ALAJ Salutes...

Ernie Hornsby

 DOTHAN ---Ernie Hornsby was a child of the 60's. Now, at almost 60 years of age, he maintains his idealism by mentoring young lawyers and networking with fellow trial lawyers.

"I have reached a point in my professional and personal life  that I have to be careful not to let cynicism overcome my youthful idealism," Hornsby said. "Two ways that I have found that help me professionally are mentoring young lawyers and staying active in ALAJ, especially regularly attending ALAJ seminars.

"Both keep me renewed and hopeful," he said.

In fact, the turbulence of the 60's led Hornsby to a law career. He was attending the University of Alabama during the civil rights movement and began to notice that "lawyers seemed to be able to get things done."

Although there were not, and still are not, any lawyers in Hornsby's family, (he and Sonny Hornsby call each other "cuz" but haven't hit on their common ancestors yet) Hornsby said his father, Ernest Jr., and mother, Peggy, were very supportive and encouraged him to go to law school.

"My mother loved the TV show "Perry Mason", she watched it on our black and white TV all the time," Hornsby said. "She thought  lawyers were exciting.

"My father was assistant manager of the then-Dothan Cigar and Candy Company and they employed lawyers and he seemed to like and respect them," he added.

Hornsby received his undergraduate and law degrees from the University of Alabama and, after serving a stint in the U.S. Army, he turned down offers from Birmingham law firms and chose instead to come back home to Dothan.

"It was one of the best decisions I have ever made," Hornsby said. "I practiced law within a block of the hospital where I was born."

Although Hornsby decided to remain a "small town" lawyer, he has been in some big time cases. He has been involved in dozens of national breast implant cases, which have given him an opportunity to work with lots of "big time" lawyers and try cases all around the country. Hornsby said that being a small town lawyer sometimes is very beneficial.

"Because you are from a small firm in a small town they don't always take you as seriously as they should," he said. "Their perception usually changes after awhile but it gives you an early advantage."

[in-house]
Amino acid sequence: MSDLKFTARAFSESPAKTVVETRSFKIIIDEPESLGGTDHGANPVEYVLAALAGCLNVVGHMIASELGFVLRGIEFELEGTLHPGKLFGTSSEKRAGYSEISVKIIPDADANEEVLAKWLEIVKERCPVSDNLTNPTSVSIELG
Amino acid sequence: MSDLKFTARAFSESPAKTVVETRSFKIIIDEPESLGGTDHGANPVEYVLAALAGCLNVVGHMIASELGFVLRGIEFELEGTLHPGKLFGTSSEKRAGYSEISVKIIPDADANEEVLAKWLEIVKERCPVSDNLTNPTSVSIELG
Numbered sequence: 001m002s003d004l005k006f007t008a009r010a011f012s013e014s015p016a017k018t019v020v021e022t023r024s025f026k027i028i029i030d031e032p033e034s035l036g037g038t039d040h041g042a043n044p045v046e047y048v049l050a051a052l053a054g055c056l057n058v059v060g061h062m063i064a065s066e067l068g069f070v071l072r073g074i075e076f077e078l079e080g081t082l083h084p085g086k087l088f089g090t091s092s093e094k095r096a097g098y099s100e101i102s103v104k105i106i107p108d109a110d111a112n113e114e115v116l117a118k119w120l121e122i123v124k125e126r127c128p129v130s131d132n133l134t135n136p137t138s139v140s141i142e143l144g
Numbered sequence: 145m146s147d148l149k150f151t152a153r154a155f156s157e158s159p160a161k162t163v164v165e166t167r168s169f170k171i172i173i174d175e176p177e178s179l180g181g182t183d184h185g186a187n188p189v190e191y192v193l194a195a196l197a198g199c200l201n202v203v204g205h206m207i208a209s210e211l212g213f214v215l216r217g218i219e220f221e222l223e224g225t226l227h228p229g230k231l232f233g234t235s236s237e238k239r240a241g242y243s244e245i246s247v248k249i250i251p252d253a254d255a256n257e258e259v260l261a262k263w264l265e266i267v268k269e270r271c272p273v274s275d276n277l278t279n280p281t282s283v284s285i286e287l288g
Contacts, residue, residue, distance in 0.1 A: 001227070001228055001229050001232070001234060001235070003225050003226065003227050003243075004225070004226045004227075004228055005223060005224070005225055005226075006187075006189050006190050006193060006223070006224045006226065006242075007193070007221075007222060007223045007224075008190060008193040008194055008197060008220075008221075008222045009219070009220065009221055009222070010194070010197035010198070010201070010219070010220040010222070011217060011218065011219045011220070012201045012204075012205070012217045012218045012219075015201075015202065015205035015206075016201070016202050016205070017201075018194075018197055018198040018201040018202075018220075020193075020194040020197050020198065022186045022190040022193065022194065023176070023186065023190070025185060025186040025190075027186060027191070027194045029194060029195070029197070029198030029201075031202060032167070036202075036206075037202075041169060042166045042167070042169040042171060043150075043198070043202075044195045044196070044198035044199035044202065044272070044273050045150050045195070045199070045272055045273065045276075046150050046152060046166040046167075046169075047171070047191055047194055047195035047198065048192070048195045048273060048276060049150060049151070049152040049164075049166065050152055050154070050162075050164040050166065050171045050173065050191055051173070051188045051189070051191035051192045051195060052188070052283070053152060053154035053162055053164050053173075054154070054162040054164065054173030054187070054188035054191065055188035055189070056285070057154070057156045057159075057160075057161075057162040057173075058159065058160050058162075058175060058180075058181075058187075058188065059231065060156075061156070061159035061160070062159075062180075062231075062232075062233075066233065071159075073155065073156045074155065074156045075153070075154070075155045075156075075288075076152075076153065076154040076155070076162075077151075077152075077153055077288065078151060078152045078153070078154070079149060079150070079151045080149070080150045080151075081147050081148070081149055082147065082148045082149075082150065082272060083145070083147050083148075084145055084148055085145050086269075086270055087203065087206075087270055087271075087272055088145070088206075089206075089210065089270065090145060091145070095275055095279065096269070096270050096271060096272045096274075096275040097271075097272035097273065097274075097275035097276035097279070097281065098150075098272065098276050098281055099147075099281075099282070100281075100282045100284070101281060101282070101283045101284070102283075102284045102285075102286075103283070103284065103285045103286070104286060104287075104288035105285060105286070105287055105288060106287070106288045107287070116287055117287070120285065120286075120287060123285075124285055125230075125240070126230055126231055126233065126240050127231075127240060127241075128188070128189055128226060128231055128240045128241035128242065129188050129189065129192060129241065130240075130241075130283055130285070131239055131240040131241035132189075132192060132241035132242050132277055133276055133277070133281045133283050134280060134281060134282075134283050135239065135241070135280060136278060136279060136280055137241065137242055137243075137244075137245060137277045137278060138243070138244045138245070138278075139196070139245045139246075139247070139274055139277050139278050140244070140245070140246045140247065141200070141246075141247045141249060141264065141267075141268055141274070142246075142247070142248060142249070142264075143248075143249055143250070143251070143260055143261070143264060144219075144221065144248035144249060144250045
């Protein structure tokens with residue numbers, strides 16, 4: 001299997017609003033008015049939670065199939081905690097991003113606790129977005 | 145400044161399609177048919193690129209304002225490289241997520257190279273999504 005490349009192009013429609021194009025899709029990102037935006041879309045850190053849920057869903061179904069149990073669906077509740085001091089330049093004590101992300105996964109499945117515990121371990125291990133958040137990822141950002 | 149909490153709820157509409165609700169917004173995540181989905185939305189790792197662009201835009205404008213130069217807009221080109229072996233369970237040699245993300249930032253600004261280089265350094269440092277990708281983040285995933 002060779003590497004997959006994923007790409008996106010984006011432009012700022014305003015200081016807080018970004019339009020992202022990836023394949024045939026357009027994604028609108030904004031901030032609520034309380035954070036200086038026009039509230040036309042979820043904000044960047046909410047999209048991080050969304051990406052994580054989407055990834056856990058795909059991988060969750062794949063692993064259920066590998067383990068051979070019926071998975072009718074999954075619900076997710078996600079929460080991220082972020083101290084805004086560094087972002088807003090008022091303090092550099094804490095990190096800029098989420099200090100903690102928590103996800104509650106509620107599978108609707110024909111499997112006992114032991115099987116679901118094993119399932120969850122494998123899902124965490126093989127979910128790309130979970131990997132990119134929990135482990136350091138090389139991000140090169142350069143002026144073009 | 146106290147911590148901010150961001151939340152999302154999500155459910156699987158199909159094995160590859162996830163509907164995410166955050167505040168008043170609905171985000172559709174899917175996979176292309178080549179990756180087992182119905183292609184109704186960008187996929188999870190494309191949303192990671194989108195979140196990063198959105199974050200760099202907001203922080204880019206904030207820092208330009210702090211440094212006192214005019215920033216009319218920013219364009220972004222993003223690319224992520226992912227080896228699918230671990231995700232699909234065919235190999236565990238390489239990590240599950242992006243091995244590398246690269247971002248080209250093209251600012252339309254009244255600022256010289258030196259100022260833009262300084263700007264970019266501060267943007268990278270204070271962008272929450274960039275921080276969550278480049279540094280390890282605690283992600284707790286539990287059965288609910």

Although the breast implant cases are very high profile, Hornsby points to a much more obscure case as one where he thinks he really made a difference in someone's life.

Ironically, it was a criminal case he tried years ago. As the story goes a city clerk in nearby Midland City, which makes Dothan look like a big city, was charged with embezzling city funds.

"I was 100 percent convinced that she was innocent," Hornsby said. " It was a complex case and after several days of trial the jury went out and within minutes found her not guilty."

"That case had the capacity of  totally destroying her and her family, so I felt all my work really did make a difference there," Hornsby said.

In some of his other more rewarding cases, Hornsby was actually a juror, not a trial lawyer.

"Serving on a jury really dispelled myths about what juries do and do not see," Hornsby said. "Juries really do look for lawyers to guide them and you can be sure that if a jury does not trust a lawyer that lawyer is in trouble.

"It also helped me in trying my cases because I gained an insight that most lawyers can only speculate on," he said. "I feel like I am a better lawyer because I have actually been a juror in the box."

Although Hornsby chose to return to Dothan, he spent his college summers working out of state. In fact, he met his wife of 38 years working at a resort in Lake Geneva, Wisconsin. Marianne was a college student from Detroit also working there that summer and her first introduction to the South was a University of Alabama football game when she visited that fall.

"It took her a while to get used to the heat but she loved football and everything else about the South," he said. "I don't think she would live anywhere else now."

The Hornsby's have three daughters and six grandchildren, all within driving distance. On a typical fall Saturday, they drive to Tuscaloosa to visit their daughter, Susan and her child, and go, yes, to a UA football game. On their way home they stop in Montgomery to visit their daughter Stacey and her three children. And, when they can get away other times of the year, they head to their home on the bay in Santa Rosa Beach where their daughter Jenny and two grandchildren live.

Marianne taught school for 30 years before retiring and now teaches reading to children at risk in the Houston County School System. Like her husband, she keeps her idealism alive by mentoring and giving back to others.

For all that he has done for young lawyers and for his continued support of ALAJ, a still idealistic Ernie Hornsby is our "Champion of  Justice."